In January, the University of Lynchburg received a gift of $386,250 from the estate of Clara Lee Miller ’49.
Miller, a longtime guidance counselor who died in 2006, had a heart for helping students, particularly needy ones. At Lynchburg, her gift will be used to fund scholarships for women and minority students and strengthen the University’s equity and inclusion efforts.
In addition to the scholarships, Miller’s gift will help fund programming for Dimensions of Diversity, a new residential community for first-year students that will be located on the first floor of Montgomery Hall starting in the fall of 2019.
“This gift was such a wonderful surprise,” Aaron Smith, Lynchburg’s diversity and inclusion officer, said. “My mind immediately began thinking of ways in which we could honor Ms. Miller’s wishes to benefit today’s students on our campus.”
Before she retired in the late 1980s, Miller served as director of guidance for the School for the Creative and Performing Arts, a magnet school located in Cincinnati, Ohio’s struggling Over-the-Rhine neighborhood.
Her “big thing” was “college entry and helping artistic and neighborhood kids who didn’t have the same goals as academic kids,” Miller’s longtime partner Frances Haas told a Cincinnati newspaper in 2006.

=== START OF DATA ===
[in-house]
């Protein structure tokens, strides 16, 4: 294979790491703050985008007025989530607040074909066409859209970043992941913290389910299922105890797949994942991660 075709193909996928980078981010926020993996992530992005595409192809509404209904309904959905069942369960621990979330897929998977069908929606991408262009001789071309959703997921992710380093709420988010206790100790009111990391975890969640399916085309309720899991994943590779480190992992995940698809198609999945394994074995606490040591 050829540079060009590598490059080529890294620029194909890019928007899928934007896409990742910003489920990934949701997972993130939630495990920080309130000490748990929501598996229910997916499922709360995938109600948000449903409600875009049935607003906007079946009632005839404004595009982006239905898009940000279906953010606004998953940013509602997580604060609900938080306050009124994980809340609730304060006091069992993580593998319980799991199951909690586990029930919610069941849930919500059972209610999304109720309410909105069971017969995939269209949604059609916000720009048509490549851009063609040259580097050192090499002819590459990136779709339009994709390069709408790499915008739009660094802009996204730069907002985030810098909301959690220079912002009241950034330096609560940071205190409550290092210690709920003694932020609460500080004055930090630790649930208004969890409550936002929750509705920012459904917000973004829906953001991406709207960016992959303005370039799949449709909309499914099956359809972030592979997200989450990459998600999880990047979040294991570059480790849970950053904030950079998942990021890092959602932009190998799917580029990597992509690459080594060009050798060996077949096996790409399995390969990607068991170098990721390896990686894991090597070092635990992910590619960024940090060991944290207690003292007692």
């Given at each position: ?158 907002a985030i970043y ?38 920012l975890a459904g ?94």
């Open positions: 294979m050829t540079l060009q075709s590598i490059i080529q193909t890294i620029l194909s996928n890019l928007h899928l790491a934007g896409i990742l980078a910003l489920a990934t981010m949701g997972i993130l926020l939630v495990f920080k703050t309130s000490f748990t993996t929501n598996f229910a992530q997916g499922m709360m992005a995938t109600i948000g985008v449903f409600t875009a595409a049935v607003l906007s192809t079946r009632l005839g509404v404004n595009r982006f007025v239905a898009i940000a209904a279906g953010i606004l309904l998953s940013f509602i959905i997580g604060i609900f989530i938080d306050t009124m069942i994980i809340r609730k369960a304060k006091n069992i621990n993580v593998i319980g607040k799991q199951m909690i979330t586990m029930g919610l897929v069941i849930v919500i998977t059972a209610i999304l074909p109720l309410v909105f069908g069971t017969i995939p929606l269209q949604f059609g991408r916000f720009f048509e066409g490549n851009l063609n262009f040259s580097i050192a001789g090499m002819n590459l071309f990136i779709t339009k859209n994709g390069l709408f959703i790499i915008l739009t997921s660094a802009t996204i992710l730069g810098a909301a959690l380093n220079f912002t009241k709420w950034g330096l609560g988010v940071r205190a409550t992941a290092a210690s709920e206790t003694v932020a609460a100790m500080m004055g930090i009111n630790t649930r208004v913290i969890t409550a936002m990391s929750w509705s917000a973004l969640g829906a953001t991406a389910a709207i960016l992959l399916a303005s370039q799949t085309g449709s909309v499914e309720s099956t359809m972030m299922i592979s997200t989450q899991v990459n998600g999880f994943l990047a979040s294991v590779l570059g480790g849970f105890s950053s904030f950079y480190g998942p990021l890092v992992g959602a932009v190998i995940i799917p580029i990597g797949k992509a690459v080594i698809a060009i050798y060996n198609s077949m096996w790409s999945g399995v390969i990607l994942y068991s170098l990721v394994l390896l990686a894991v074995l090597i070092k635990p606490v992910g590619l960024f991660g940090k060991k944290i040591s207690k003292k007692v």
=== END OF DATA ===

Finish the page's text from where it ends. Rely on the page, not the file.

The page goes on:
After leaving SCPA, Miller started a program she called STP, borrowing the name from a commercial gas additive. It involved tutoring, field trips, life coaching, and other experiential-learning activities. As Haas put it, STP was aimed at giving students “a little oomph — a little edge where they didn’t have it.”
Haas added that Miller “would have wanted to have been known as somebody who helped. She always said she came into this world to help save it.”
A member of the Hopwood Society and recipient of the 1994 T. Gibson Hobbs Memorial Award, Miller stated in her will that after Haas’ death, which occurred in December 2018, three-quarters of her estate was to be donated to her alma mater.
The funds were designated “for use as the governing board of the college determines in (1) providing scholarship aid for women and minority students, and (2) supporting diversity and minority growth within the college, such as by sponsoring seminars or speakers or providing grants to faculty to assist in such areas.”
“She was an amazing woman with a passion for diversity, equity, and inclusion, as evidenced by her life’s work,” Smith said. “This gift will ensure that her work will continue through the development of scholarships and programming for minorities and women.
“It truly has the ability to change the lives of our deserving students. This gift will help us to increase our efforts toward a more diverse and inclusive environment on the University of Lynchburg’s campus.”
Scholarships from Miller’s estate will be awarded during the University’s financial aid award process.